37      It follows that any placement of a cosmetic product on the EU market, and its free movement on that market, presupposes that the safety of that product for human health has been assessed in accordance with the detailed rules specifically defined by Regulation No 1223/2009 (judgment of 12 April 2018, Fédération des entreprises de la beauté, C‑13/17, EU:C:2018:246, paragraph 25).

38      Those requirements include, in particular, compliance with good manufacturing practices referred to in Article 8 of that regulation and compliance with the restrictions and prohibitions on the composition of cosmetic products set out in Article 14 of that regulation.

39      It is apparent from Article 14 that, first, cosmetic products may not contain the prohibited substances listed in Annex II to that regulation, colorants, preservatives and UV-filters other than those listed respectively in Annexes IV, V and VI to that regulation and, second, that those products may not contain substances, colorants, preservatives being subject to restrictions which are not used in compliance with the restrictions set out, respectively, in Annexes III to VI to Regulation No 1223/2009.

40      In order to draw up the lists contained in those annexes and to adapt them to technical and scientific progress in the context of the entry into force and then the application of Directive 76/768 and, subsequently, of Regulation No 1223/2009, substances are subject to an assessment.

41      Furthermore, in order to ensure compliance with the requirements laid down by Regulation No 1223/2009 for the purposes, inter alia, of the protection of human health, the EU legislature has, on the one hand, established mechanisms for assessing the safety of cosmetic products made available on the market and, on the other hand, provided for two mechanisms enabling Member States to adopt measures in the event of a risk posed by cosmetic products.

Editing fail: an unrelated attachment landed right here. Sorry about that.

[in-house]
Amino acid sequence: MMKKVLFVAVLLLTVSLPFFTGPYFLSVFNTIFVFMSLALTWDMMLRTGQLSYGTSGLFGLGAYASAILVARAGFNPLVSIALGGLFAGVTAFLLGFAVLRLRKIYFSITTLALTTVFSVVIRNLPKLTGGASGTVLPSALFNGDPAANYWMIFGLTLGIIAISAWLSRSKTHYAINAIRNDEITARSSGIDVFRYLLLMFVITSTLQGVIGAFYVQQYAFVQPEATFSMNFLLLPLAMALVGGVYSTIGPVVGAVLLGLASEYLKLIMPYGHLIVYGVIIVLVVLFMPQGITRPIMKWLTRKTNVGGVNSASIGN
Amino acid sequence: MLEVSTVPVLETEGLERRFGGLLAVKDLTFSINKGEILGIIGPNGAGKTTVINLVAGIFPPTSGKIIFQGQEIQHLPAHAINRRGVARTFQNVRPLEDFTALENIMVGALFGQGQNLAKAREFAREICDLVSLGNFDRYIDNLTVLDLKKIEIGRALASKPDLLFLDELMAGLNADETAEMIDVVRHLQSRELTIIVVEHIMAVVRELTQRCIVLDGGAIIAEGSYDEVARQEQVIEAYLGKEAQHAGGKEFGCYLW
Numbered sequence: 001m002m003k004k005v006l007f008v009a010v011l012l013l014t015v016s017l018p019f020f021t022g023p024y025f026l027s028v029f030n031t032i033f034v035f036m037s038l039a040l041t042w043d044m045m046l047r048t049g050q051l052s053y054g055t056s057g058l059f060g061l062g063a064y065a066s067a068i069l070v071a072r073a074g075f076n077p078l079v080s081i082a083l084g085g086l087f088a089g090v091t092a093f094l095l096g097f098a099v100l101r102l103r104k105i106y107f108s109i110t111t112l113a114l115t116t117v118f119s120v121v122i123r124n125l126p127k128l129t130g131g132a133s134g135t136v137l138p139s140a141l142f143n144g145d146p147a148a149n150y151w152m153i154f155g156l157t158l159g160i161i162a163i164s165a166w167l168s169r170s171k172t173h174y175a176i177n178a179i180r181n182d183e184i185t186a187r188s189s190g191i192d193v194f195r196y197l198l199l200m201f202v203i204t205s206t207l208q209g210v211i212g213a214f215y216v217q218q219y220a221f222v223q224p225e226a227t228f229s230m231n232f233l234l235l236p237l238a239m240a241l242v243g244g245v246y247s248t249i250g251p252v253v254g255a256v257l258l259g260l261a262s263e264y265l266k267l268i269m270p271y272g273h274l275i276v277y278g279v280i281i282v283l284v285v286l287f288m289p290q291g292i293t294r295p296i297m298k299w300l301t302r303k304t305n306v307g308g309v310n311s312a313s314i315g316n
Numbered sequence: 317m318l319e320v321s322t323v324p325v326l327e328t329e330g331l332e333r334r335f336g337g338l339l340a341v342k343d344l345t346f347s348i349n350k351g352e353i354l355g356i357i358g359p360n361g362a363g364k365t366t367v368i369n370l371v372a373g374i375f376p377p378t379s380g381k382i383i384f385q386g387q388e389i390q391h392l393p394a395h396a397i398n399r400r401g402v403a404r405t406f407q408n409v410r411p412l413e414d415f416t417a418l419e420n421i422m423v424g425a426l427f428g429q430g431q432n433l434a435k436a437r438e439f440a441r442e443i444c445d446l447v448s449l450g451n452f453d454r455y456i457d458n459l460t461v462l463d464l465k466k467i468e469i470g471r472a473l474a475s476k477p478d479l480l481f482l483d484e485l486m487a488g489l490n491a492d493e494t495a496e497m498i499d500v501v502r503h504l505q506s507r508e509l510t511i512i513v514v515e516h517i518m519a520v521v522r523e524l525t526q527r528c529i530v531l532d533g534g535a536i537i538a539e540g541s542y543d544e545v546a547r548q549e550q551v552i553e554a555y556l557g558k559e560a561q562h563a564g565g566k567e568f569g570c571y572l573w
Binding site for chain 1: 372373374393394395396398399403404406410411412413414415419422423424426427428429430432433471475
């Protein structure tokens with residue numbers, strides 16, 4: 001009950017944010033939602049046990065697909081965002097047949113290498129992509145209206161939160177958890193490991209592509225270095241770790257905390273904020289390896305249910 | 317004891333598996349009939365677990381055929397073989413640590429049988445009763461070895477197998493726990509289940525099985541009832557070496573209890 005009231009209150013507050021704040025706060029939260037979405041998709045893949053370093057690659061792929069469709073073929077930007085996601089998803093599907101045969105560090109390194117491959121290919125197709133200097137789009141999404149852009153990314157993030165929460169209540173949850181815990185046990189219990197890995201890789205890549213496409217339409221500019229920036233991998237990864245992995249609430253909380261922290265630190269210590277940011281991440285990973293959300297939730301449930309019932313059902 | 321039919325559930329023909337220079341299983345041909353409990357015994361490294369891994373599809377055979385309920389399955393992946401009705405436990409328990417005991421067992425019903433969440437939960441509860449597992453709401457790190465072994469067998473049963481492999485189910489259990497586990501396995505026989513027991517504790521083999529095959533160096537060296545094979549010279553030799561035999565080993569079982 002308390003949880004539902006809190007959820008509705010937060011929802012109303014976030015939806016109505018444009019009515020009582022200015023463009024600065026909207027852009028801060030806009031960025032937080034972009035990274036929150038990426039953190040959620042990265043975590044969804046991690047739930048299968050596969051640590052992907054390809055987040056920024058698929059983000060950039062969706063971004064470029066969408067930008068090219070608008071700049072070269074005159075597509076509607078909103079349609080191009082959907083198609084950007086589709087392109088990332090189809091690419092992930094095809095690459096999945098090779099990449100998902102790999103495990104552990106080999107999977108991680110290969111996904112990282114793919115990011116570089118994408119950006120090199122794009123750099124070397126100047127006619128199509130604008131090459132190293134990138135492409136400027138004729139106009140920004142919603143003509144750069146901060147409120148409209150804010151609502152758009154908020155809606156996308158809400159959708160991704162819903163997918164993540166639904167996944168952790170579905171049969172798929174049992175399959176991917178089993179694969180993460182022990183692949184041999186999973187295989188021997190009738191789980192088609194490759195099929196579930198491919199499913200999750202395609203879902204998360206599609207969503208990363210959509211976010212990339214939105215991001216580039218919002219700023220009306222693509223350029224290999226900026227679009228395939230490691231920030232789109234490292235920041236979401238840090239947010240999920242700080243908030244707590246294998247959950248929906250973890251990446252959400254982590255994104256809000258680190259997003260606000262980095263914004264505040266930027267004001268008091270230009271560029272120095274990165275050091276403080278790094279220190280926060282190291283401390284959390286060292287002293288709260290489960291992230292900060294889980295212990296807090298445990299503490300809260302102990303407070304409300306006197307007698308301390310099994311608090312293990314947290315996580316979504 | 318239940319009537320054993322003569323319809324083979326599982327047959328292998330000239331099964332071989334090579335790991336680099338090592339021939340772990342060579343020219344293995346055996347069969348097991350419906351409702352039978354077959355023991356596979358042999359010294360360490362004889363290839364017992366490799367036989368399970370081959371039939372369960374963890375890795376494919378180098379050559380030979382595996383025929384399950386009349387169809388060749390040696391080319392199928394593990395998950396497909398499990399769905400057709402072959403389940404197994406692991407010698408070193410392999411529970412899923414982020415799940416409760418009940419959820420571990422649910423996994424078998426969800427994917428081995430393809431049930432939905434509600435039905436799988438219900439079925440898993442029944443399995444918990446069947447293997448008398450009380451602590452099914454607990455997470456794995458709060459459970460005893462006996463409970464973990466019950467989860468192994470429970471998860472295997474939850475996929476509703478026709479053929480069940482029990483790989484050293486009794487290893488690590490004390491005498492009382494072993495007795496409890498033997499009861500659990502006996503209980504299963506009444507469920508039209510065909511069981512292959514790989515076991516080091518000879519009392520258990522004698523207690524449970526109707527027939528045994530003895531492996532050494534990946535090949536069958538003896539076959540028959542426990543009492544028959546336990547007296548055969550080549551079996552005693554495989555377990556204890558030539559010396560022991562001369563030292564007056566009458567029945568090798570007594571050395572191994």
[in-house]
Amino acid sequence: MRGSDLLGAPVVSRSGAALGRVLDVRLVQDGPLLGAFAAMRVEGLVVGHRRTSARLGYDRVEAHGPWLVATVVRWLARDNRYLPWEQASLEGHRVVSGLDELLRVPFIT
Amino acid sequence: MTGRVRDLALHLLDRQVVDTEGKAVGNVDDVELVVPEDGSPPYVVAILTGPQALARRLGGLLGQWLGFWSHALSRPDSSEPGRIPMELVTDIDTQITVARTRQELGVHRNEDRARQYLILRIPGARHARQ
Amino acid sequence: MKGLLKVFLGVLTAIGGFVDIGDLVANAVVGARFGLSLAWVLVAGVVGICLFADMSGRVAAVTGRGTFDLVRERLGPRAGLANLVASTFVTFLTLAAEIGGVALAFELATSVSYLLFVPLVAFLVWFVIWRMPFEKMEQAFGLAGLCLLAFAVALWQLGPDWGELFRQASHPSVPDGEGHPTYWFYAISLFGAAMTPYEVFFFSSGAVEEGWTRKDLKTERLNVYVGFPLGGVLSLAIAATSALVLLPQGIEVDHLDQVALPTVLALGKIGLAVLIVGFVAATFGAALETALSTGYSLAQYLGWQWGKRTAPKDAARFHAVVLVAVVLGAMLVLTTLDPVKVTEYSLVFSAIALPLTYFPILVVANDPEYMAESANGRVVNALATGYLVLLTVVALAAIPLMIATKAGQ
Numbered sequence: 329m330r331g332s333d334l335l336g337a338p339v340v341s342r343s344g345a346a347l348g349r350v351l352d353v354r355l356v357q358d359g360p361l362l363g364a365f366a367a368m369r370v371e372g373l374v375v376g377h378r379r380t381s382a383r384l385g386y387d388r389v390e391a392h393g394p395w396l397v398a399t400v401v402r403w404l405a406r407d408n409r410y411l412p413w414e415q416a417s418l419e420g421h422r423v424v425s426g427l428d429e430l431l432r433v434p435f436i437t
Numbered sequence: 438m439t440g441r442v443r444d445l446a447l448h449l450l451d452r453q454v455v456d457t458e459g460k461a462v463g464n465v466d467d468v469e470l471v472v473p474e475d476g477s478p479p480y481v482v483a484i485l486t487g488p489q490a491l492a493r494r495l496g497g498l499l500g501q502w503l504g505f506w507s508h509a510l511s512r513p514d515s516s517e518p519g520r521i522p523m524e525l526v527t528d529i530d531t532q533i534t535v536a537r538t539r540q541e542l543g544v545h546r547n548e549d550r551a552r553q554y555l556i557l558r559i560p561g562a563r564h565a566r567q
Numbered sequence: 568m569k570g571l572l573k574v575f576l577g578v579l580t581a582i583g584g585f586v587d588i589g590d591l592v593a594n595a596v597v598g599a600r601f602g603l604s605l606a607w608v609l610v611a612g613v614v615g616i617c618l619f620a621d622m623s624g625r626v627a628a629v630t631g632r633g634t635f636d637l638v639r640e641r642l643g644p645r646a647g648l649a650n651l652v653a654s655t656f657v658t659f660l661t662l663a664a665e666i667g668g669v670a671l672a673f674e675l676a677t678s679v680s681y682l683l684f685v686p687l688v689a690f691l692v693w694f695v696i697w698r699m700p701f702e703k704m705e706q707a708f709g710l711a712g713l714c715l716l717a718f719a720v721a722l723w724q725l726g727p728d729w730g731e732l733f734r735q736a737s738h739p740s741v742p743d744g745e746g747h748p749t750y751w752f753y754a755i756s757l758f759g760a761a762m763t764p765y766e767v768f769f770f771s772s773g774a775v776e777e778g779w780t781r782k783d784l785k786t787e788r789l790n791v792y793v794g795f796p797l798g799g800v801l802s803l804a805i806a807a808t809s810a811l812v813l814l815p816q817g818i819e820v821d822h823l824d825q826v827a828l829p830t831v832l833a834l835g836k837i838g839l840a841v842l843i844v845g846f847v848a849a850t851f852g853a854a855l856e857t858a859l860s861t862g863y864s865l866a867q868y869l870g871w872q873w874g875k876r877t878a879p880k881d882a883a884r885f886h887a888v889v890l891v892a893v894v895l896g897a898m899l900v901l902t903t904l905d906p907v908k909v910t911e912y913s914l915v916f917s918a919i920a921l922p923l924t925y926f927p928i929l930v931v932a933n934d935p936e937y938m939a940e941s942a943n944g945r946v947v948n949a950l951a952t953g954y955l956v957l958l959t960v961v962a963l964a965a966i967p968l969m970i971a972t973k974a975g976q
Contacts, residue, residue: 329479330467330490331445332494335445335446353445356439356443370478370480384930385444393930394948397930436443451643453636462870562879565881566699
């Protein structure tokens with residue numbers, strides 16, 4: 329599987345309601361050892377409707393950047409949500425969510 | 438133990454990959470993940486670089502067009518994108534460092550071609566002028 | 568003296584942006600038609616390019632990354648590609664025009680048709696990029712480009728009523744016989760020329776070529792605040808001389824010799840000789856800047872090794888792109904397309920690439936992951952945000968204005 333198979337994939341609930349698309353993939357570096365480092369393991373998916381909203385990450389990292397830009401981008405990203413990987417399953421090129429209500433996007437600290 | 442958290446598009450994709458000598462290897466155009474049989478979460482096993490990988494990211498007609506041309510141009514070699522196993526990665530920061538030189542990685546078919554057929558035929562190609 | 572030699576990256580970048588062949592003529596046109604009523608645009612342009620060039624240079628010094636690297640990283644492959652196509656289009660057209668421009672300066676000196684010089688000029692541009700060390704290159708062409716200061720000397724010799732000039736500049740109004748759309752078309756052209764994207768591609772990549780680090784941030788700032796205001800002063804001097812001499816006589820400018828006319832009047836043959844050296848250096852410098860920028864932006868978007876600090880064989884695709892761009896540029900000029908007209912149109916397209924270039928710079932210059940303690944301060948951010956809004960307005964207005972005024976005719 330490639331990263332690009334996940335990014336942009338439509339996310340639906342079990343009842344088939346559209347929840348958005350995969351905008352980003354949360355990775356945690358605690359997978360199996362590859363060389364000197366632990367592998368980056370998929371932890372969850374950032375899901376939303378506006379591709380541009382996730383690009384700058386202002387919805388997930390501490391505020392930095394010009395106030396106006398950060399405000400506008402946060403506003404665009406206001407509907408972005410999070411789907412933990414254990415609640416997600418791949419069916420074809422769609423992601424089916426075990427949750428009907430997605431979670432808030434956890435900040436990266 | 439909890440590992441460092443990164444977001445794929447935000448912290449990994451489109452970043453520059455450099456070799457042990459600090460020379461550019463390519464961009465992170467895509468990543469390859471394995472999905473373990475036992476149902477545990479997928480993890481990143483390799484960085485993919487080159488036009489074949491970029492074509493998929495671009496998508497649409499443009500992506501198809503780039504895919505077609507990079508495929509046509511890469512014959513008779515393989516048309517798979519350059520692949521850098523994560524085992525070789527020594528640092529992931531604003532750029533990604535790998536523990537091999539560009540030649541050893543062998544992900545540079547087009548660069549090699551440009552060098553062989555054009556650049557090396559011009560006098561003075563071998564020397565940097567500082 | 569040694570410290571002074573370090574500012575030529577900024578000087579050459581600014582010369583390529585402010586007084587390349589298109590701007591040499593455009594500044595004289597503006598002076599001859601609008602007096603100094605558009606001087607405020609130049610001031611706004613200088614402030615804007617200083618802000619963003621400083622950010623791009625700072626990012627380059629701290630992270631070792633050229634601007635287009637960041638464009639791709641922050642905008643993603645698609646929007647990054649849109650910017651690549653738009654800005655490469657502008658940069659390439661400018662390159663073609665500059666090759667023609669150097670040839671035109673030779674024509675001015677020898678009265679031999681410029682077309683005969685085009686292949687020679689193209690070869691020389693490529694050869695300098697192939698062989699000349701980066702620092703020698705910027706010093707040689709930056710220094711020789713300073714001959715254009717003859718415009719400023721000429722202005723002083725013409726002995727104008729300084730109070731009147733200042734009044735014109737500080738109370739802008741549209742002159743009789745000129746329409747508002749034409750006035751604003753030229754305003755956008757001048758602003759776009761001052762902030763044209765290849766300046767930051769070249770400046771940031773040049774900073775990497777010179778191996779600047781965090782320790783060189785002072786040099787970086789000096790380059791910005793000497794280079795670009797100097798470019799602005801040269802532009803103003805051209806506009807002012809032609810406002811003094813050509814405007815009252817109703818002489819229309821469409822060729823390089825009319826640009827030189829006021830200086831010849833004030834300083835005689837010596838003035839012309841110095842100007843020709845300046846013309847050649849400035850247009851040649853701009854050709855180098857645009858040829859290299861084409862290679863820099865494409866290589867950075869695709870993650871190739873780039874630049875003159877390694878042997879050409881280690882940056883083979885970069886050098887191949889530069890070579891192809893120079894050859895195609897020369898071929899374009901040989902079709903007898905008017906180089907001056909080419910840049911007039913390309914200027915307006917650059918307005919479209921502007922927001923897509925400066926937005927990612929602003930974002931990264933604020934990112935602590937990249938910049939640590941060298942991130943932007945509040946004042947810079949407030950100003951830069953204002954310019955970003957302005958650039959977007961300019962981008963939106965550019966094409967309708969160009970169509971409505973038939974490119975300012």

42      Thus, under Articles 4 and 5 of that regulation, in order, inter alia, to ensure compliance with the safety assessment requirements for cosmetic products, a person responsible for ensuring compliance with the applicable obligations laid down in that regulation must be designated for each cosmetic product made available on the market.

43      Furthermore, Articles 25 and 26 of that regulation authorise Member States to require the responsible person and distributors respectively to take all appropriate measures, including corrective action bringing a cosmetic product into conformity, the withdrawal of the product from the market or its recall, within a reasonable period, commensurate with the nature of the risk, where there is non-compliance with the requirements of that regulation which are incumbent on the responsible person and the obligations incumbent on distributors.

44      Article 27(1) of Regulation No 1223/2009, the interpretation of which is sought by the referring court, provides that Member States are to adopt, in the case of products meeting the requirements listed in Article 25(1) of that regulation, and where they ascertain, or have reasonable grounds for concern, that a cosmetic product or products made available on the market present or could present a serious risk to human health, all appropriate provisional measures in order to ensure that the product or products concerned are withdrawn, recalled or that their availability is otherwise restricted.

45      The FEBEA and the Commission maintain that that provision permits only the adoption of individual provisional measures concerning a specific product made available on the market. On the other hand, the French and Greek Governments consider, relying in particular on the link between cosmetic products and substances established by Regulation No 1223/2009 and on the objective of protecting human health pursued by that regulation, that that provision must be interpreted as permitting the adoption of general provisional measures applying to a category of products containing the same substance.

46      Article 27(1) of that regulation cannot be interpreted as authorising Member States to adopt general provisional measures applying, not to one or more individually identified cosmetic products, but to a category of products containing the same substance.

47      In that regard, it should be borne in mind that, for the purposes of interpreting a provision of EU law the terms of which do not expressly refer to national law, it is necessary, in accordance with the settled case-law of the Court, to consider not only its wording but also its context and the objectives pursued by the rules of which it is part (see, to that effect, judgment of 17 December 2020, A.M. (Labelling of cosmetic products), C‑667/19, EU:C:2020:1039, paragraph 22 and the case-law cited).